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Scientists have determined that the changes to body chemistry which causes people to find new partners sexually attractive lasts, at most, two years.
At that point, couples shift into a "stable relationship" period, and other hormones dominate. Hormones called neutrophins are present in much greater quantities in the blood of those in the early stages of a relationship. Testosterone also increased in women and decreased in men during this period.
This changed in those who had been in a relationship between one and two years. The "lust molecule" neutrophins were replaced by oxytocin, the so-called "cuddle hormone".
Studies have shown that the couples most likely to be married for the long term are those who maintain their positive feelings for their spouse for at least the first two years.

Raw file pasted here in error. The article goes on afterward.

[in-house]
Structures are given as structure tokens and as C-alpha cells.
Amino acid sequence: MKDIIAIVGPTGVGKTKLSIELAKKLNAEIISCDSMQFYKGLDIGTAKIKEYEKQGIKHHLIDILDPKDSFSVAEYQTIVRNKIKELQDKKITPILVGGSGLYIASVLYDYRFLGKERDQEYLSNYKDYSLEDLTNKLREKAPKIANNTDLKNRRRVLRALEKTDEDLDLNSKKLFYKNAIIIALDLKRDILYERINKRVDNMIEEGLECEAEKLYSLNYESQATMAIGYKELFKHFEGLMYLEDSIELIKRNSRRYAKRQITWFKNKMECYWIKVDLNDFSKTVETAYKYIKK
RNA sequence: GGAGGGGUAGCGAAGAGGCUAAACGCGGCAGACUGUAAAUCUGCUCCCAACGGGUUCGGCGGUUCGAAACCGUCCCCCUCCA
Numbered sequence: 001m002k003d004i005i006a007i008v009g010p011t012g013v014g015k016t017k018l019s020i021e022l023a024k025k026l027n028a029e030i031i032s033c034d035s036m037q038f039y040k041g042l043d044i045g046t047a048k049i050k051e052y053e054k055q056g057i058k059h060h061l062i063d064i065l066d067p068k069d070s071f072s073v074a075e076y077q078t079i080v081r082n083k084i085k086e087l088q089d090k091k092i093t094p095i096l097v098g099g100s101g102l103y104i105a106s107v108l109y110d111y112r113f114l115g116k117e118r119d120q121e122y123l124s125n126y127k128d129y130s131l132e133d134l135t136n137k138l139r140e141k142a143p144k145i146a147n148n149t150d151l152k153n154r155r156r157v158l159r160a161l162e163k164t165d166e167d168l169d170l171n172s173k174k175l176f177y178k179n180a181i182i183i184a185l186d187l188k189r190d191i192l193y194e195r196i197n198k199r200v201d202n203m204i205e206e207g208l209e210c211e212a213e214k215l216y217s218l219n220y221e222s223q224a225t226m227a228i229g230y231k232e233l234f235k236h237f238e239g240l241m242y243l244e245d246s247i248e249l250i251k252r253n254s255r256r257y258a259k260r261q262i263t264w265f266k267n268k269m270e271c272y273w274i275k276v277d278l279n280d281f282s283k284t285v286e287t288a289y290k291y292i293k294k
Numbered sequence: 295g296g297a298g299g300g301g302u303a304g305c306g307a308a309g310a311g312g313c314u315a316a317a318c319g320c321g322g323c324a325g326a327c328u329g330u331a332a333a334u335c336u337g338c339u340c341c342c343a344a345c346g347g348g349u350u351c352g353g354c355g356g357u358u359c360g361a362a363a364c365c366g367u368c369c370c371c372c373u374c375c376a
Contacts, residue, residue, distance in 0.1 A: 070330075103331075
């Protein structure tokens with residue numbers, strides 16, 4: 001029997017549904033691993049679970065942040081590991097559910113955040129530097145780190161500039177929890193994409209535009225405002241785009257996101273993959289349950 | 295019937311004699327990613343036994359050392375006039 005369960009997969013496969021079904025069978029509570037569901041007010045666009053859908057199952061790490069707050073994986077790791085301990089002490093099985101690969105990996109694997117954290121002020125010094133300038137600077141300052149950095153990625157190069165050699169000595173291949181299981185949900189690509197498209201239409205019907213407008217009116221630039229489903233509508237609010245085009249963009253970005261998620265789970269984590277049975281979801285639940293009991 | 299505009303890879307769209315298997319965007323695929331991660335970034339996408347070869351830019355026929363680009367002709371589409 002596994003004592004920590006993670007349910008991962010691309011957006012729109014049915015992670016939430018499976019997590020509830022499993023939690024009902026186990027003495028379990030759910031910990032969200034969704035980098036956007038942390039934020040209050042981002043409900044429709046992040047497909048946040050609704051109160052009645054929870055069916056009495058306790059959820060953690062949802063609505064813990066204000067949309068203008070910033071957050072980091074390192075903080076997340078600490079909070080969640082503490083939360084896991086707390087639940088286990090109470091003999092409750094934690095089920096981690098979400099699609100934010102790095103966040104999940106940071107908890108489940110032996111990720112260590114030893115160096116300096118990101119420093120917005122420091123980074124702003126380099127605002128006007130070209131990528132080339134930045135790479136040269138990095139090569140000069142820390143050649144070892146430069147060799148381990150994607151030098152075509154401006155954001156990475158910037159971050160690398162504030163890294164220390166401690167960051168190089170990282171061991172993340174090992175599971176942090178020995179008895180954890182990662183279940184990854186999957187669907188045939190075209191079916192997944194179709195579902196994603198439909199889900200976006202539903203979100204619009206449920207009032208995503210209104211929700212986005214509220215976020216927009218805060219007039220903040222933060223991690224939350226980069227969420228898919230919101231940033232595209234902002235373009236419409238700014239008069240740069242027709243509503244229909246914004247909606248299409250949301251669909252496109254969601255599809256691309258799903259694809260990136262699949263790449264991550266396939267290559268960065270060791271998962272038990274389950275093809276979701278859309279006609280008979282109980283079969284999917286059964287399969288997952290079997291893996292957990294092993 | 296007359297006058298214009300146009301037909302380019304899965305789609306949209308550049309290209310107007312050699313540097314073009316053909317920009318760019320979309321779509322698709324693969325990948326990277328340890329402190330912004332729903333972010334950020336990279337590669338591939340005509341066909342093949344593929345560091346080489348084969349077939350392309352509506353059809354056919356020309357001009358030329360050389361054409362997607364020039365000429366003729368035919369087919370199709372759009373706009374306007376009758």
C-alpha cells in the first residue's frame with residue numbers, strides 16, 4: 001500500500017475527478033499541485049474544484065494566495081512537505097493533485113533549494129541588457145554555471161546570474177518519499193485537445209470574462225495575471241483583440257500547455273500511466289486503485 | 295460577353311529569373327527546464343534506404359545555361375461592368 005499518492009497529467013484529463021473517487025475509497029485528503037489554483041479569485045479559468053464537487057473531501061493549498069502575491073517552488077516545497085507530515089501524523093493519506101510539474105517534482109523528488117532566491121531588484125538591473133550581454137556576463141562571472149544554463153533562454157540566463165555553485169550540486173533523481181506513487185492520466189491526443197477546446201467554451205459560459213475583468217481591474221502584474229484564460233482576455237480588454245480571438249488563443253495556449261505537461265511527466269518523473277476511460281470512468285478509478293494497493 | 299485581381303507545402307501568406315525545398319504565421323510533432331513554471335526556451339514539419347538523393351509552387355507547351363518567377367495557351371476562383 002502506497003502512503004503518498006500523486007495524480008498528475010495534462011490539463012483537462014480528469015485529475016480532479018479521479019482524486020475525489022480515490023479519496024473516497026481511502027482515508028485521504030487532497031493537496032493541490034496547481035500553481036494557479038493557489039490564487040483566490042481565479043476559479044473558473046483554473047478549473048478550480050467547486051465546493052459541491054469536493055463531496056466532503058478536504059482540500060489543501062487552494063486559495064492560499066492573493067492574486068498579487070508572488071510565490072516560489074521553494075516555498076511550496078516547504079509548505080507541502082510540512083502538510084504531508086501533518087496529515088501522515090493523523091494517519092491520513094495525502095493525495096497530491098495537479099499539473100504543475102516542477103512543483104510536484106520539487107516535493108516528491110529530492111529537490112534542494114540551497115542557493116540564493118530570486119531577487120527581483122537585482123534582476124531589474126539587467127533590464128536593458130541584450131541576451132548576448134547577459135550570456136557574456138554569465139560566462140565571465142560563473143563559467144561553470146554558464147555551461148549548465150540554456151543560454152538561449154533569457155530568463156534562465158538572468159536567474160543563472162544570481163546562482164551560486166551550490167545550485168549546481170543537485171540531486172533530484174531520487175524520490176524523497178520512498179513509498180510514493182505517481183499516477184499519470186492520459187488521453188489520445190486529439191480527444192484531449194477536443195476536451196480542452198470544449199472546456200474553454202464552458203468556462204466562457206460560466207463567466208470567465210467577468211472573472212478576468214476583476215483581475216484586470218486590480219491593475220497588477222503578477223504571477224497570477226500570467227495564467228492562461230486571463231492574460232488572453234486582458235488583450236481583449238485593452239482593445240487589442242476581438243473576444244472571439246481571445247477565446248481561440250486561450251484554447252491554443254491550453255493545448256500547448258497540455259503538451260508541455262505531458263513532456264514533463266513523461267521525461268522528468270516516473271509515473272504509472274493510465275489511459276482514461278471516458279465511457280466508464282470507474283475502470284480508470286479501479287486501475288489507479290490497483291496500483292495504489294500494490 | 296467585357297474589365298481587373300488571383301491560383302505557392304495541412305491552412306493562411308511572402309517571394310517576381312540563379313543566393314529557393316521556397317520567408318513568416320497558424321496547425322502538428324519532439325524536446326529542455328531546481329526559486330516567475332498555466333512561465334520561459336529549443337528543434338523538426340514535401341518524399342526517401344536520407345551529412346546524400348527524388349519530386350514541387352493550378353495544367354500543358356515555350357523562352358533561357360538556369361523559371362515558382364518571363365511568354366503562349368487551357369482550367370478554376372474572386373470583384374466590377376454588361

It sounds very much as if couples need to last through the initial stage of attraction characterized by neutrophins, and reach the "steady state" in which oxytocin takes over, if they are to last. Even couples who are particularly affectionate as newlyweds usually divorce if they do not make it past that crucial period.
Similarly, couples who have an extremely short courtship prior to marriage are at greater risk of separating. They may be marrying in the initial rush of attraction, before they know if they can make a go of it long term. (Couples who put off marrying for a very long time are also more likely to divorce, possibly because they have often put off marrying due to real problems in the relationship that already exist.)
These hormones are likely produced when the mind experiences the positive feedback of a good relationship, and then they in turn help keep the relationship going.
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